Making a case for the Suitcase

Believe it or not, even though we can’t imagine travel without this particular item, the suitcase as we know it has only been around for just over a century

Words Aninda Sardar

Travel is as old as human civilisation itself. Older in fact, since humans were habitually nomadic before the Agricultural Revolution (the discovery of farming) made us settle in one place. Eventually, old habits die hard, and we started moving here and there again. In the beginning the agenda was conquest. So we moved with baggage trains, supply columns for our armies, or we carried whatever we could in bundles as fled from those armies. This continued for a few millennia. 

Some of us mavericks however decided that we could travel for other reasons too. Trade, for instance. Or just for the heck of it. So we started exploring lands, discovering new places and the more we explored, the greater our curiosity. So if we weren’t trying to find a way around the globe to the Indies and discovering America in the process, we were trying to Cook up new paths to a whole new continent we now call Australia. Whatever our reason for travel, there was one problem that needed solving right at the start. How do we carry our belongings?


There was no such thing as a suitcase just a couple of hundred years ago

With travel being conducted either by road or by sea, for the longest time ever people were happy to pack their stuff into big wooden trunks or chests and carry them around, either in the cargo hold of ships or in carts drawn by beasts of burden. As late as the late 19th century, this was the preferred mode of carrying your things around. Besides, travel was difficult and mostly restricted to the wealthy. And they, anyway always had an army of servants to carry their things around. Those heavy trunks included.


It is only with the arrival of the Industrial Revolution and the subsequent mass movement that it brought that we see the arrival of the ubiquitous suitcase. At first it was constructed to mimic those trunks of yore – flat and rectangular, but with far less space, and a handle for convenient carrying around. Construction was simple too. A wooden or metal frame with leather or canvas or thick cloth covering it. The corners would usually be bound by leather or brass. Convenient though it was, the suitcase was still obscure and hardly the sought after luggage option it is today. In fact, according to the magazine published by the Smithsonian Institute, a 20-page list of luggage types published in a wholesale price-list in 1897 had the suitcase mentioned just twice! By 1907, there were enough to share a page with club bags and valises while trunks took up a full page. Things took a dramatic turn, an upward swing for the suitcase, in the 1920s when people started travelling in automobiles and suddenly the gentry felt the need for both space and convenience to carry their belongings in these smoke belching four wheeled horseless wagons. This was augmented by the rise of long distance train travel, where unlike a ship, space was relatively limited and having convenient luggage was a necessity.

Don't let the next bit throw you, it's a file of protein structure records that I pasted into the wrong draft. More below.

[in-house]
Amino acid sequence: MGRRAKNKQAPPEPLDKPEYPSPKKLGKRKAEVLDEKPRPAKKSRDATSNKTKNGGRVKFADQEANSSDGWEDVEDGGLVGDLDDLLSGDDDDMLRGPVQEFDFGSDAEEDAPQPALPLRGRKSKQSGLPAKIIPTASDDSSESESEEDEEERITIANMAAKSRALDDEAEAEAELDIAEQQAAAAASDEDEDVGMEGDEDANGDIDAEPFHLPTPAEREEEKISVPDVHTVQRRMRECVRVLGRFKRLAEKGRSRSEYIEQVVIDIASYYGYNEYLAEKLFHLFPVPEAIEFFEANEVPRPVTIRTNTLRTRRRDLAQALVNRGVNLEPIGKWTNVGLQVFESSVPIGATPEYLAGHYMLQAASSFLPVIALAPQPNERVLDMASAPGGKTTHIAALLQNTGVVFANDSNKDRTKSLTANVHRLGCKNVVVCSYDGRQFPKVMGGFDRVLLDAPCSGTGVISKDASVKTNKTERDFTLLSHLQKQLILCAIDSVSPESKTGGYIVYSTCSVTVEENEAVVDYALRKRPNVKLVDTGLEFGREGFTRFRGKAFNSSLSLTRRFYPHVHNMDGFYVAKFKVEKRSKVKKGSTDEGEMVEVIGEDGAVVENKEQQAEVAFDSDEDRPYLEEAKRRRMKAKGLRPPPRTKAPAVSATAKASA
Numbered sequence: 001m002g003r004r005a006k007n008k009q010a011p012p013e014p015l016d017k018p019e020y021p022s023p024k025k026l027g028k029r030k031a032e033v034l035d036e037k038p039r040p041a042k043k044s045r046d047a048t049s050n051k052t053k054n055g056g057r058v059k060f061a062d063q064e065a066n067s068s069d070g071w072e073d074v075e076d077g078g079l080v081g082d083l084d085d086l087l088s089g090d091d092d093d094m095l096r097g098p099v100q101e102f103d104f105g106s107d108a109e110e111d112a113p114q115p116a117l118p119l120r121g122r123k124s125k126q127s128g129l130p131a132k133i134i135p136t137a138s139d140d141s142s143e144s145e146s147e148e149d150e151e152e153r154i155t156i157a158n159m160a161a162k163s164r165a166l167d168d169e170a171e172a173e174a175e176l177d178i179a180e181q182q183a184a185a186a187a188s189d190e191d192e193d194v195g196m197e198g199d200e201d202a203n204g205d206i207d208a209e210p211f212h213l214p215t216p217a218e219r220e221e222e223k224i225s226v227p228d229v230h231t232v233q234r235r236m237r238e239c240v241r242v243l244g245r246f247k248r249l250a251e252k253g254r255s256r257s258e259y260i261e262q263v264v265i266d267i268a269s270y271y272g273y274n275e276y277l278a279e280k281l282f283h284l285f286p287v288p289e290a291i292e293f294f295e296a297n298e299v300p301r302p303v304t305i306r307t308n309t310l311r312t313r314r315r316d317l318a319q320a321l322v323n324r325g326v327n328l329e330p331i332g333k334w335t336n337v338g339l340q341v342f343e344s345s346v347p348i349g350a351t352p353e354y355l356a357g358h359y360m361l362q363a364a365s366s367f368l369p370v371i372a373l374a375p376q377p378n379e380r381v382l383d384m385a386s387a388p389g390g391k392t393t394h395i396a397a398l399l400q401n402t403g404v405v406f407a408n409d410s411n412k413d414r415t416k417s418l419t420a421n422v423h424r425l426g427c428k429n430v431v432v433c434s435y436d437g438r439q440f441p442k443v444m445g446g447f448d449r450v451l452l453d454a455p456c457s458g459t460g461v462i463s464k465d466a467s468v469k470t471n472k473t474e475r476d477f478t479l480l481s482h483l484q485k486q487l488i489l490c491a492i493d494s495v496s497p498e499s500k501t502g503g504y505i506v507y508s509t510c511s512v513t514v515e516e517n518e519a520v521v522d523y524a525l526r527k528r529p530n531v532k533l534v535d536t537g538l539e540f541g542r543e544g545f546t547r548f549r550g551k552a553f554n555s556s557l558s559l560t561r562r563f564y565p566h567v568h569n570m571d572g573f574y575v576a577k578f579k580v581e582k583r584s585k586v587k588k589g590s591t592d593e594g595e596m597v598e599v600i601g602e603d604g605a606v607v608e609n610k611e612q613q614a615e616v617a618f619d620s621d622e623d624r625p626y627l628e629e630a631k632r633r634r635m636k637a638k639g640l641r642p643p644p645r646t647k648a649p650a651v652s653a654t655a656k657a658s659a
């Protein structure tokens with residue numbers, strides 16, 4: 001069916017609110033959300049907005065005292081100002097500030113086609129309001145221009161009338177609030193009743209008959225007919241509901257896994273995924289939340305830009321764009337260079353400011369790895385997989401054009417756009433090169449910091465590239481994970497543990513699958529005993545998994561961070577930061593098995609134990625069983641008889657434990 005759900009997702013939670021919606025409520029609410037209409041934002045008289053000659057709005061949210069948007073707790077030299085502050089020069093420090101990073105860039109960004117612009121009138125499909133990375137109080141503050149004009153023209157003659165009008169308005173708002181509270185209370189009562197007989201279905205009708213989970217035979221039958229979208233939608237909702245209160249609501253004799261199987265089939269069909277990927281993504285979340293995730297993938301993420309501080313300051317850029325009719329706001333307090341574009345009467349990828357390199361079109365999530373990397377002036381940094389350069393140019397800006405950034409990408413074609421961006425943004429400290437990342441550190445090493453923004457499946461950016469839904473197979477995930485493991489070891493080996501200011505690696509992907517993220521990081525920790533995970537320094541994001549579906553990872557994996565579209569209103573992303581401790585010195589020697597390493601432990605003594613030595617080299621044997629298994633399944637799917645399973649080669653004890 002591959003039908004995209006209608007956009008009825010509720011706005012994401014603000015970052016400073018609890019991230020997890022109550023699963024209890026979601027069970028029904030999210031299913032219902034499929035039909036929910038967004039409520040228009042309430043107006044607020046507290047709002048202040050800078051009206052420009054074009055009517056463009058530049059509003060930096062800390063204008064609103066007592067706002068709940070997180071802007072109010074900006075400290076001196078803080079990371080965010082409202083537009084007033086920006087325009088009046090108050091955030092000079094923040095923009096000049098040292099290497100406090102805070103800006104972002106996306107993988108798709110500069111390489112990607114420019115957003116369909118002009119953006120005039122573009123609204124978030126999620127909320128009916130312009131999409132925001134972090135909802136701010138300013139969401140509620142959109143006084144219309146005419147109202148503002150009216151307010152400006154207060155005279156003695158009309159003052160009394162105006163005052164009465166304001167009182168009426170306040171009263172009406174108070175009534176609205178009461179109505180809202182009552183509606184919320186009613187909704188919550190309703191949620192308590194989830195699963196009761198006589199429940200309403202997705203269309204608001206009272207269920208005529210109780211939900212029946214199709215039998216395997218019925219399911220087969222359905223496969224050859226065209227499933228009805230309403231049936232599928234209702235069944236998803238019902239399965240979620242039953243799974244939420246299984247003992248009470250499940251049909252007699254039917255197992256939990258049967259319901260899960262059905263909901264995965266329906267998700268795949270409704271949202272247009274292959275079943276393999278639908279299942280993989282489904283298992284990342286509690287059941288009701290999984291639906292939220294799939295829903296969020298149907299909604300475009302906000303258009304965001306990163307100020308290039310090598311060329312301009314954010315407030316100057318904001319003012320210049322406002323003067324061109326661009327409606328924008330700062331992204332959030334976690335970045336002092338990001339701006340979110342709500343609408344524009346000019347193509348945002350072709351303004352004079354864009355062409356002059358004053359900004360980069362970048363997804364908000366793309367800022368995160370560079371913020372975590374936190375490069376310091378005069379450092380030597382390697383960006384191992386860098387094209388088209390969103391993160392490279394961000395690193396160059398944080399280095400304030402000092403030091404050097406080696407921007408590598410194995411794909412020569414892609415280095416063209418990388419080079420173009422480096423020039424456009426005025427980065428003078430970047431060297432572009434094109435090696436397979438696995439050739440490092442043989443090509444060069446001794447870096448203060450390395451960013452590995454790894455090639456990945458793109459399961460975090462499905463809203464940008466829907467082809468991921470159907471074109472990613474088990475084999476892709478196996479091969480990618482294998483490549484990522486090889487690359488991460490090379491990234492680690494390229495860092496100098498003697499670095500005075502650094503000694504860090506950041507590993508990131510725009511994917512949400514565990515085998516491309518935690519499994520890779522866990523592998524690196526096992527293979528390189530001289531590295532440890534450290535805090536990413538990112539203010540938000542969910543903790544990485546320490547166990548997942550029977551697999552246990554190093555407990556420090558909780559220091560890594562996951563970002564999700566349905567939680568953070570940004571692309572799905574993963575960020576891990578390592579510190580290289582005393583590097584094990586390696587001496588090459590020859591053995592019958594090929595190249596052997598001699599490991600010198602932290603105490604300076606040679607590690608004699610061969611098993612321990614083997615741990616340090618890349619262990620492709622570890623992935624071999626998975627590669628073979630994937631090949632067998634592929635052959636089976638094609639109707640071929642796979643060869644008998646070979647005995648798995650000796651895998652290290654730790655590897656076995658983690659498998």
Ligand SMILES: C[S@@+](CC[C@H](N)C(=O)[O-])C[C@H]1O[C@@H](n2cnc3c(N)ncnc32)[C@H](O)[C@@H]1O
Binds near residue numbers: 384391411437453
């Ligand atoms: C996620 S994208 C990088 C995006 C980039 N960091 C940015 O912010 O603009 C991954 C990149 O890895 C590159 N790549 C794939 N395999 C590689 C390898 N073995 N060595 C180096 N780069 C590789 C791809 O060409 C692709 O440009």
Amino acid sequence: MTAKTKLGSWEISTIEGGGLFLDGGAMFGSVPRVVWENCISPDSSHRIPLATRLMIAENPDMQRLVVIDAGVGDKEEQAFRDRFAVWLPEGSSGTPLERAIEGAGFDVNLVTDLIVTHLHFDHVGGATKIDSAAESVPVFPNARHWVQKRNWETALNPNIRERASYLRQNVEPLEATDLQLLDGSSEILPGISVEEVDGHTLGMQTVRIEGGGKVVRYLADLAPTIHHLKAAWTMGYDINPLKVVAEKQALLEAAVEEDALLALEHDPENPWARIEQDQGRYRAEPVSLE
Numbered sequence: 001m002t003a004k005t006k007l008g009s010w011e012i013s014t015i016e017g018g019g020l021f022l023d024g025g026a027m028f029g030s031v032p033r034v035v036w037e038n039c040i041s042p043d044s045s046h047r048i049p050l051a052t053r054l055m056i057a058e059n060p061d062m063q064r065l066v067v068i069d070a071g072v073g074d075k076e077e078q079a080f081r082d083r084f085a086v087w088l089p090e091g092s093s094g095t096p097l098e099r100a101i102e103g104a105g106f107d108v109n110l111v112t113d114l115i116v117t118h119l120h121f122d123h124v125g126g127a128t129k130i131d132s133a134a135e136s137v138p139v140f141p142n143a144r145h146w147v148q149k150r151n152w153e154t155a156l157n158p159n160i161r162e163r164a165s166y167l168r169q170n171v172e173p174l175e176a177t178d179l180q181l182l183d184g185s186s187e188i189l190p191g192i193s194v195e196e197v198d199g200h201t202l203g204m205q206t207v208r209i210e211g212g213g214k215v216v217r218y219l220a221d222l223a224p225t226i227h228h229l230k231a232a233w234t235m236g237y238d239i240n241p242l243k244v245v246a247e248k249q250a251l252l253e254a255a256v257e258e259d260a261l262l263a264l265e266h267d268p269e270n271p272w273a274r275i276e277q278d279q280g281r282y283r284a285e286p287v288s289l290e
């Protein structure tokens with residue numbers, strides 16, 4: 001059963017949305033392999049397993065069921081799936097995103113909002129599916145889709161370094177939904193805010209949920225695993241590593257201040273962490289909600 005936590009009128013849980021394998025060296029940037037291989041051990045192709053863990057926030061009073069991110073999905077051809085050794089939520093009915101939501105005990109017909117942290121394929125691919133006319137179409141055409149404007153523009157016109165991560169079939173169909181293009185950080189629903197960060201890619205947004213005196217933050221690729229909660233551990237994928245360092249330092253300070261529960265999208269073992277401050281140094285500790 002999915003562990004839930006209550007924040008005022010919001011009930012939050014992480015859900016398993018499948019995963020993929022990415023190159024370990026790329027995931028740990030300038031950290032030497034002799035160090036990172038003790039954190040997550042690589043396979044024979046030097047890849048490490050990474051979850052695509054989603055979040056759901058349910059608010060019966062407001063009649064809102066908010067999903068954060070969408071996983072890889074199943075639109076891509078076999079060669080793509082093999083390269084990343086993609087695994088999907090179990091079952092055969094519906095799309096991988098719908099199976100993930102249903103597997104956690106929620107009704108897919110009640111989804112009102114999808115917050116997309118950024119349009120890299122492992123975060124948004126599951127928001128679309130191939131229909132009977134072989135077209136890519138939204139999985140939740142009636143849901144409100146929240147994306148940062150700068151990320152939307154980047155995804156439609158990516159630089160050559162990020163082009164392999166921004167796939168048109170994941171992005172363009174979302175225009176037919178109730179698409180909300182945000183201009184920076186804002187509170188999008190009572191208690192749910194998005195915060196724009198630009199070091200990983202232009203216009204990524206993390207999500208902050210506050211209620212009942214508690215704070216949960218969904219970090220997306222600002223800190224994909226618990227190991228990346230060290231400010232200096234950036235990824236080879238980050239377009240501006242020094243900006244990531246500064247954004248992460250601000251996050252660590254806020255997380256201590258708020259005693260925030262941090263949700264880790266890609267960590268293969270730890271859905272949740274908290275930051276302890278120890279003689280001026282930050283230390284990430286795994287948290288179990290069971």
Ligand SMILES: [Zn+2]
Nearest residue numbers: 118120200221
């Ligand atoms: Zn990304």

Air travel paved the way for the rise of the suitcase

The suitcase as a gentleman’s principal luggage option only took off (pun intended) with the arrival of air travel. For obvious reasons, since space in an aircraft is at a hefty premium. Over the last six and a half decades of commercial air travel (here, I discount the early years) suitcases have moved into a whole new dimension with the invention of ever lighter yet stronger materials of construction, flexible materials, and of course the strolley. Over time the suitcase has also become a lifestyle statement with different brands operating in different kinds of luggage options ranging from mass market to luxury. Not to mention the stickers on the suitcase denoting whether you’re a well travelled gent or not.


If only the suitcase had been as commonplace for the eccentric Londoner Phileas Fogg back in 1873 as it is in 2019. He would still have had to go Around the World in 80 Days but at least his French valet Passepartout would have been able to pack more than two shirts and three pairs of stockings in a carpet bag. Don’t know who they are? Just throw in a copy of Jules Verne’s novel in your suitcase when you travel next.